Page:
It makes sense that anyone at risk of complications needs to go to a larger medical centre. But birth isn’t inherently a medical condition, and unless there are complications, babies can be safely born at home with qualified health care providers attending. It’s just that there haven’t been any midwives on the north Island – at least none that stayed long enough to start a private practice.

Midwives have been around forever, but were only legalized in B.C. in 1998. With the rise in qualified care providers — there are 315 practising registered midwives in B.C. — has come an increase in home births and midwife-led hospital births. Midwives deliver nearly a quarter of babies born in B.C., and that number is increasing every year as more midwives graduate.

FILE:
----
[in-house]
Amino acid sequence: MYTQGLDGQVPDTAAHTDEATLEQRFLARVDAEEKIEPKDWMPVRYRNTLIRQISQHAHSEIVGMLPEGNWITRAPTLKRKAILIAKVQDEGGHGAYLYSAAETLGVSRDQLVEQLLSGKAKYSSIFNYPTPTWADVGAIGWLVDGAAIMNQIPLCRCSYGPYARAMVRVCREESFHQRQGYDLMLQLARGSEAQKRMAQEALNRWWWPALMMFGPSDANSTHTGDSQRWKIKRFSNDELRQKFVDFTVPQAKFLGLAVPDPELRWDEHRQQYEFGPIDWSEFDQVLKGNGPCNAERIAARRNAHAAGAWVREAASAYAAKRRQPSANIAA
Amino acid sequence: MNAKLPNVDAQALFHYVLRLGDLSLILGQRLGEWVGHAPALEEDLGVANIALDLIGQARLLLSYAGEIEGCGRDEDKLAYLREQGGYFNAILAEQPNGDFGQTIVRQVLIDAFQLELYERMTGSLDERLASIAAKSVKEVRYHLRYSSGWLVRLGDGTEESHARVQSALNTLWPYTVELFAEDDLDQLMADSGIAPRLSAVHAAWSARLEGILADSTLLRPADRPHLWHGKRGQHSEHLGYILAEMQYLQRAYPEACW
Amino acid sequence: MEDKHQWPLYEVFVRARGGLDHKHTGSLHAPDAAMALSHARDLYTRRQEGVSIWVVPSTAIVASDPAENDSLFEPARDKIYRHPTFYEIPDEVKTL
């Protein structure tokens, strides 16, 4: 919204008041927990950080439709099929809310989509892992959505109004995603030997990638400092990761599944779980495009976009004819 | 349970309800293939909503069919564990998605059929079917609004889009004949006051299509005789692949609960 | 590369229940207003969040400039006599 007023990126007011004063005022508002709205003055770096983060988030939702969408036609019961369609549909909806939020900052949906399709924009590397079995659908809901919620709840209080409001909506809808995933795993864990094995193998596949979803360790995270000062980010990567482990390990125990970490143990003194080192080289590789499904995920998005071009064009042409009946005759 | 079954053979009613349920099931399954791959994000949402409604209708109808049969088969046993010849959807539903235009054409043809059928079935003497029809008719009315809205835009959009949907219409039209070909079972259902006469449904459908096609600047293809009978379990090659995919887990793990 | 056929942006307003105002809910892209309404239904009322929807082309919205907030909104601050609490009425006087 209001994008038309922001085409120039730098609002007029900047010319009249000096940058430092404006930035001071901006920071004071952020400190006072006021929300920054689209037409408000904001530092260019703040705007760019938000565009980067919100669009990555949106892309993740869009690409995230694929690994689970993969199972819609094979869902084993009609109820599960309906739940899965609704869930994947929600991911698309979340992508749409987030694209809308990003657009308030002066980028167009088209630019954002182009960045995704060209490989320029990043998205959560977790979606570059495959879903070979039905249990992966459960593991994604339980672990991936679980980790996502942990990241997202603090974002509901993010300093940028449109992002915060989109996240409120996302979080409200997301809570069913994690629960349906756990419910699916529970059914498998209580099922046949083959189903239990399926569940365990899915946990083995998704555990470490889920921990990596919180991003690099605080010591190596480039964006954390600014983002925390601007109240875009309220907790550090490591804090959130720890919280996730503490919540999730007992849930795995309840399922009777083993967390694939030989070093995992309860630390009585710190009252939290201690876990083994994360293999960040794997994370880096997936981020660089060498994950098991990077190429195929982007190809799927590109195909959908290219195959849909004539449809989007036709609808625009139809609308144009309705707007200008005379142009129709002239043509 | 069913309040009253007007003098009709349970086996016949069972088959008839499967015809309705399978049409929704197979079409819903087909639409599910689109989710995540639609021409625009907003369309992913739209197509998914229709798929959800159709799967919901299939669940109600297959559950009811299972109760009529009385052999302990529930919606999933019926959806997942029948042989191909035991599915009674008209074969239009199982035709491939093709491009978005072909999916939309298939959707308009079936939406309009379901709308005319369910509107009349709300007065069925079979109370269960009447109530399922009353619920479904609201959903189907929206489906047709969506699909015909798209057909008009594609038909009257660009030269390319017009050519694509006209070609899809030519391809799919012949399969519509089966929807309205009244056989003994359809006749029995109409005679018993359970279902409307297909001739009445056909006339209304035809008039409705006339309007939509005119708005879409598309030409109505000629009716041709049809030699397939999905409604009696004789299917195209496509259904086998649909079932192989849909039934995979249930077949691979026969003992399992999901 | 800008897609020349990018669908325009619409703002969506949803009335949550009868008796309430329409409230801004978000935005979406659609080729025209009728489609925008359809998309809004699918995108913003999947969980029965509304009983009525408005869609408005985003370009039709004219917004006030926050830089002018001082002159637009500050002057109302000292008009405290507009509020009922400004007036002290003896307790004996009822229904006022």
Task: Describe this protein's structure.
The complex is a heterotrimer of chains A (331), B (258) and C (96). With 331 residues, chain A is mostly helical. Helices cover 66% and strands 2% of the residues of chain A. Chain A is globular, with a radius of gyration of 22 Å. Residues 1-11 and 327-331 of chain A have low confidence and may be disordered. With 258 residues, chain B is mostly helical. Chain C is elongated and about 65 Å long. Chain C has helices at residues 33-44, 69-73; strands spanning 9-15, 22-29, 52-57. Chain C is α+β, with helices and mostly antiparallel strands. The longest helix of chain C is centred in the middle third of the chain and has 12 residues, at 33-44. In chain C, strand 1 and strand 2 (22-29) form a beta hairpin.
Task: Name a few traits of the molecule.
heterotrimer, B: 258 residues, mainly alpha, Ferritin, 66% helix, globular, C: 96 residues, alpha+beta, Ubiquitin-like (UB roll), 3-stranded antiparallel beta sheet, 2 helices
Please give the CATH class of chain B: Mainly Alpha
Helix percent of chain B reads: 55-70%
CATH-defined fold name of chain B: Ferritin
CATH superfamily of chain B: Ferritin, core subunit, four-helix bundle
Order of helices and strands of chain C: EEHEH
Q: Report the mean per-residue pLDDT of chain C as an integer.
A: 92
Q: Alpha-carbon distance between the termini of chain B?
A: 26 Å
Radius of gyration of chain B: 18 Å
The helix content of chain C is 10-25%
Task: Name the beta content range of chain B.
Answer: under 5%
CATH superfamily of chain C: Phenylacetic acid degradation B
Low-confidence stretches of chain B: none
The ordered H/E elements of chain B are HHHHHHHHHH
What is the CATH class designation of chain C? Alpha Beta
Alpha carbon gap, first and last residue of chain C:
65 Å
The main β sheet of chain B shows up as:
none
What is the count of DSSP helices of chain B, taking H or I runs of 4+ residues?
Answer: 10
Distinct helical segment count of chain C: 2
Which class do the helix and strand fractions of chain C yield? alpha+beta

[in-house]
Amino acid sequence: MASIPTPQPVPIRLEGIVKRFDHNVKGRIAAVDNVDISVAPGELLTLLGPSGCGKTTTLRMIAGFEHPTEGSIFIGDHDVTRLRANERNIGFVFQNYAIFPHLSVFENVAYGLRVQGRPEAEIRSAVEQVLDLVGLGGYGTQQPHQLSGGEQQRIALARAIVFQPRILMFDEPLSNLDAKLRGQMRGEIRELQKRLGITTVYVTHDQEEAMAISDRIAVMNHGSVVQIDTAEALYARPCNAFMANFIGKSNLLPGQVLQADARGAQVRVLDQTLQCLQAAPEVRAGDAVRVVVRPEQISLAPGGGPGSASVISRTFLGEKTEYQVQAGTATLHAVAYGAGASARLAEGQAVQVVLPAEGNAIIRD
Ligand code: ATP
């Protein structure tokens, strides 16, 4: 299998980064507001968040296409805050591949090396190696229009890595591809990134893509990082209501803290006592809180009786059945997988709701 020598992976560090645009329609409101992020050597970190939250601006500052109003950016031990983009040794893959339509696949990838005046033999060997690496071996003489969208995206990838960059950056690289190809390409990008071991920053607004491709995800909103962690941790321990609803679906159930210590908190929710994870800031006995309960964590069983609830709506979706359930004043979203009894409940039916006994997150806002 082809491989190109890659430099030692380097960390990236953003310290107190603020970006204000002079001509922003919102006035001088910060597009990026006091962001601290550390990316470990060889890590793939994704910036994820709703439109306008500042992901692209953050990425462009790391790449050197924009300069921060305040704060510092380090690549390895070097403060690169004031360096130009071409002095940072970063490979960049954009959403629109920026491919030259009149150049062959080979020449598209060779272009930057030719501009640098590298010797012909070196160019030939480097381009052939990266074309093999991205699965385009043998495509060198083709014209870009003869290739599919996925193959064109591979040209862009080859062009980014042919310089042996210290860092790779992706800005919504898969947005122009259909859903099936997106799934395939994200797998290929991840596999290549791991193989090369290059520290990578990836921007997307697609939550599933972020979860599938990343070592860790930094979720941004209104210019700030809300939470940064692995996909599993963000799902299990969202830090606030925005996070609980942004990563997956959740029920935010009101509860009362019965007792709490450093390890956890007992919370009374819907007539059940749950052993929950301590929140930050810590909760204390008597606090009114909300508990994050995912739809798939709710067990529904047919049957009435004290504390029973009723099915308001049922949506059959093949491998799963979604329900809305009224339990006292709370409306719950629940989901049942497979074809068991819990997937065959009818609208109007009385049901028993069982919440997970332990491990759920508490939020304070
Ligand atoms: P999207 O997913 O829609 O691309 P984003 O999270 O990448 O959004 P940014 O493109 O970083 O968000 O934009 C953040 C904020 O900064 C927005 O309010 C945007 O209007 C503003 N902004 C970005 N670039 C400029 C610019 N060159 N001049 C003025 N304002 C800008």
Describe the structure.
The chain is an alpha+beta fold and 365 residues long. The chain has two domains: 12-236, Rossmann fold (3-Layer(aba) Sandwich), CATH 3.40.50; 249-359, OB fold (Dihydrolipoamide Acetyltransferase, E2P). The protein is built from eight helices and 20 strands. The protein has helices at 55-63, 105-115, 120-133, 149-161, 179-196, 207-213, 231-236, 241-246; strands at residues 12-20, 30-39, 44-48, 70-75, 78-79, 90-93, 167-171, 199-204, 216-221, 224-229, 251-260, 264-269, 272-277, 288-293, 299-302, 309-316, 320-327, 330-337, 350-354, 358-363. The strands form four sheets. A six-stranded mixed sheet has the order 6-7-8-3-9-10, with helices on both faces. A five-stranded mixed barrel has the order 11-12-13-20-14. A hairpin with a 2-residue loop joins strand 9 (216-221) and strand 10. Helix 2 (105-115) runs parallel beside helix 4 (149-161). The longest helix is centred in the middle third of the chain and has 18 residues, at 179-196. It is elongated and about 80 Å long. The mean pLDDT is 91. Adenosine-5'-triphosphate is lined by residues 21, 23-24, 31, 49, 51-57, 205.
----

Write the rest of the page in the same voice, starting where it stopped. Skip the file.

Marijke de Zwager moved to Port Hardy in 2018 after 10 years of midwifery in Vancouver. She got involved volunteering at a pregnancy outreach program where she learned about the gap in maternal health care.

”So many people were going down island to have their babies who were low risk enough that they could deliver here. But none of the doctors in Port Hardy were really comfortable. They were just doing emergency deliveries for when someone showed up fully dilated at the hospital,” de Zwager said. Port McNeill was offering planned deliveries, but only certain folks qualified.

So de Zwager started up a practice. She offered pre- and post-natal care until she got hospital privileges and started delivering babies in August 2019, supported by the two new doctors who had logged lots of hours in maternity wards. Since then, she’s delivered 16 babies in hospital, assisted doctors with three, and caught four at home.